In a promising new study, a team of scientists successfully edited the genome of stem cells to precisely mimic a relatively rare mutation that confers natural resistance to HIV infection. If these mutant cells can be safely transplanted into patients, the researchers believe this approach could eventually lead to a functional cure of HIV infection. The study has been published in published in Proceedings of the National Academy of Sciences of the United Stated of America.
A couple of weeks ago we shared the incredible story of the 2008 Berlin Patient, Timothy Ray Brown, who was cured of HIV infection by receiving a stem cell transplant from a donor possessing a mutation which naturally confers HIV resistance. The mutation, which is called CCR5Δ32, involves a deletion of 32 base pairs of DNA in the gene that produces a type of receptor important in HIV infection called CCR5.
Although HIV mainly uses a receptor found on white blood cells called CD4 in order to gain entry into target cells, it also requires a second receptor which is usually CCR5. The CCR5Δ32 mutation results in the production of an abnormal receptor that does not localize to the outside of cells, therefore impairing the ability of HIV to enter host cells. However, it is only individuals who are homozygous (carry two copies) for this mutation that are immune to HIV infection.
By transplanting CCR5Δ32 stem cells into Brown, doctors were able to cure him of HIV infection. While this dramatic treatment is not a viable option in the vast majority of circumstances due to the high risks and costs involved, there may be light at the end of the tunnel.
Inspired by this infamous case, a team of scientists led by the University of California San Francisco’s Yuet Kan set out to replicate this result without needing to source compatible stem cell donors with the mutation.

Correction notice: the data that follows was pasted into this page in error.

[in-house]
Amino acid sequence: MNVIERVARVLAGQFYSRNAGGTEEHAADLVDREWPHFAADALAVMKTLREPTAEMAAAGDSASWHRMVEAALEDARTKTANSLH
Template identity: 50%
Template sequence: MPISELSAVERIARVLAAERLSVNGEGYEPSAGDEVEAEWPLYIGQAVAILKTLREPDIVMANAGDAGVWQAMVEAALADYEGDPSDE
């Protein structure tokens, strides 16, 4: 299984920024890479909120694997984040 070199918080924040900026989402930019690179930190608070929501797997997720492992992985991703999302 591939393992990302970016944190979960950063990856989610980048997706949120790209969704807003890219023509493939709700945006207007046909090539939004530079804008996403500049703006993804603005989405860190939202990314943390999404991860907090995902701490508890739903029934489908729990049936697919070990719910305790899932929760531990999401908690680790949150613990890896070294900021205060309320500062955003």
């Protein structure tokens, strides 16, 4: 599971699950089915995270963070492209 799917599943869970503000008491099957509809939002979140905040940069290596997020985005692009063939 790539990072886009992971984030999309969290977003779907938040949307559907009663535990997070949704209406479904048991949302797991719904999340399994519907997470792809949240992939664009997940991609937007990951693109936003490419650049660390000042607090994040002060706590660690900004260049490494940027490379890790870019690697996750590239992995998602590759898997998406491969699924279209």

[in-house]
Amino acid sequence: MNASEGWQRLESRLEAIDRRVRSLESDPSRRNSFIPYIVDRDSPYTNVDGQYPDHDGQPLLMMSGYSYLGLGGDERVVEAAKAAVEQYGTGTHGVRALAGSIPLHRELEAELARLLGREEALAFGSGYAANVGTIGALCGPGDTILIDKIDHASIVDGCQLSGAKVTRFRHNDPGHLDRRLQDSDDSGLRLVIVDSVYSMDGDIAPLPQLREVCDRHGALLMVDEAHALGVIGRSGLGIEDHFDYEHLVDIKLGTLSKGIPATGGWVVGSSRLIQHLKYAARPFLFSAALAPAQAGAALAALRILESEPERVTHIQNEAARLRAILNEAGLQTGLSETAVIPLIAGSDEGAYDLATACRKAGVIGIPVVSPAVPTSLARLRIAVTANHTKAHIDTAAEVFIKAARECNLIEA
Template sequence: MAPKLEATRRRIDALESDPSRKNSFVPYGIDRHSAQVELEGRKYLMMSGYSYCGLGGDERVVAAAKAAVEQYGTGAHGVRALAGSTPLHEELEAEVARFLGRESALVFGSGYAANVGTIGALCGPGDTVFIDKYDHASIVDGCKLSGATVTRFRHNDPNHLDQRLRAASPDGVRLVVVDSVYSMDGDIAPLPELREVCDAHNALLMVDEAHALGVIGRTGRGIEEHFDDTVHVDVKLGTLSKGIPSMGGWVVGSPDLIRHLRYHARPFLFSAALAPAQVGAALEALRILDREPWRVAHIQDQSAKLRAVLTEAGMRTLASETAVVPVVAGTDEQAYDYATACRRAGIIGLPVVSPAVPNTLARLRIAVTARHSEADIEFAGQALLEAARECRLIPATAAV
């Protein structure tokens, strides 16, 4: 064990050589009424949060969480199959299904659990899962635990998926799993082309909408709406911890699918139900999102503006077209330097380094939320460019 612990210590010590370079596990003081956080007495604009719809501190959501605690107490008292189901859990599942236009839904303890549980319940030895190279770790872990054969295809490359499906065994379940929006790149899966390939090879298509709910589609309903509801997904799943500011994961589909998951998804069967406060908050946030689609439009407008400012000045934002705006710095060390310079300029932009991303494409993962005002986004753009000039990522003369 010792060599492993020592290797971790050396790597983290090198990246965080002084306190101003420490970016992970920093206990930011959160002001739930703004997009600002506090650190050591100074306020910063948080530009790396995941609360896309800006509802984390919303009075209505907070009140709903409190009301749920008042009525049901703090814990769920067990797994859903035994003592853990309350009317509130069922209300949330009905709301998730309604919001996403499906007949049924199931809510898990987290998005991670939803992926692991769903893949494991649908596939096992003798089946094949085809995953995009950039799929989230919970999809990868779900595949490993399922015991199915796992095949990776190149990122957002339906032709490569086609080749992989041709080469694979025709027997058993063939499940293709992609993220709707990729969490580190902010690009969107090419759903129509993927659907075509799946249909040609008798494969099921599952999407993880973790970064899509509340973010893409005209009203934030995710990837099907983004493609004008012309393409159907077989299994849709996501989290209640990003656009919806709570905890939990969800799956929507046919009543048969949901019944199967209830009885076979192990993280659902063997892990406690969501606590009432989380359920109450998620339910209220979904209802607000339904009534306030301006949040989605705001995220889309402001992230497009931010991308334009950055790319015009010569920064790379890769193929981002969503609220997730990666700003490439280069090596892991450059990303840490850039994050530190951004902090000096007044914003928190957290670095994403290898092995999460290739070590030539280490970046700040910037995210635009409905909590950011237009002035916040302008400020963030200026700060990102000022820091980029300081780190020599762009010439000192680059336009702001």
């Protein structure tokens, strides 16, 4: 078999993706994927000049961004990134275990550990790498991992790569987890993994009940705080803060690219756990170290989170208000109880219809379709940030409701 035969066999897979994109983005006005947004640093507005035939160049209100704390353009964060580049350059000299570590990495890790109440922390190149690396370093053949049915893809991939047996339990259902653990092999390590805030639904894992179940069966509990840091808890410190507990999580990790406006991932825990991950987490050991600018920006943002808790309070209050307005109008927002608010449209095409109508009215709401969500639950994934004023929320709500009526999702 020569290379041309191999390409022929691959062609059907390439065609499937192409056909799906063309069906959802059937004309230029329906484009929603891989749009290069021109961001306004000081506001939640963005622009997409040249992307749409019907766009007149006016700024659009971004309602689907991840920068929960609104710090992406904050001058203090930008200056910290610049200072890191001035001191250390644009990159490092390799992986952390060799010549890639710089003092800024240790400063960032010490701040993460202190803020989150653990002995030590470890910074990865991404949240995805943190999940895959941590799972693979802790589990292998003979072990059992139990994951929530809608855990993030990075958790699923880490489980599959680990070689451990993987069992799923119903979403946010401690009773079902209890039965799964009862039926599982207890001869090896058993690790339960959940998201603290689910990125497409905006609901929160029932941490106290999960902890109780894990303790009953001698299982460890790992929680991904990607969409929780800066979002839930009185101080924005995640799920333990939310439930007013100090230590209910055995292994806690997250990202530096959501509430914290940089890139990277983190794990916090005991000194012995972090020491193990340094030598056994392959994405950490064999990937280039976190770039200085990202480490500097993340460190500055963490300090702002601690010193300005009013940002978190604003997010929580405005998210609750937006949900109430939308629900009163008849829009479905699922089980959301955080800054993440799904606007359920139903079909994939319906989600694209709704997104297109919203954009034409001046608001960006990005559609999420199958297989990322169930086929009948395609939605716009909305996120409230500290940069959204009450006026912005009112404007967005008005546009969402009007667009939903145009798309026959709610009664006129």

To do this, the researchers turned to a genome editing system called CRISPR-Cas9 which is based on an immune system used by various bacteria and archaea to confer resistance to viruses. They used this system to accurately snip out a piece of target DNA in induced pluripotent stem cells (iPSCs) which exactly mimicked the natural CCR5Δ32 mutation.
They then differentiated these mutant iPSCs into two different types of immune cell and, as predicted, they were completely resistant to HIV infection in the lab.
If the technique was put into practice, a patient's own cells could be used as a source of iPSCs as a form of personalized medicine. According to New Scientist, Kan does not intend on differentiating the mutant iPSCs into the main type of white blood cell that HIV infects, called a CD4+ T cell. Instead, he will differentiate them into a type of precursor cell that is capable of turning into any type of blood cell.
If these mutant stem cells could be safely transplanted into HIV infected recipients in a similar manner to the Brown case, then in theory this technique could eventually lead to a functional HIV cure. But this is no mean feat as successfully transplanting stem cells is notoriously difficult, and rigorous safety tests will have to be conducted first before the cells can go anywhere near a patient.
The team therefore has a long way to go before this approach can be used in a clinical setting, but it is a promising concept that could potentially also be applied to correct other genetic mutations.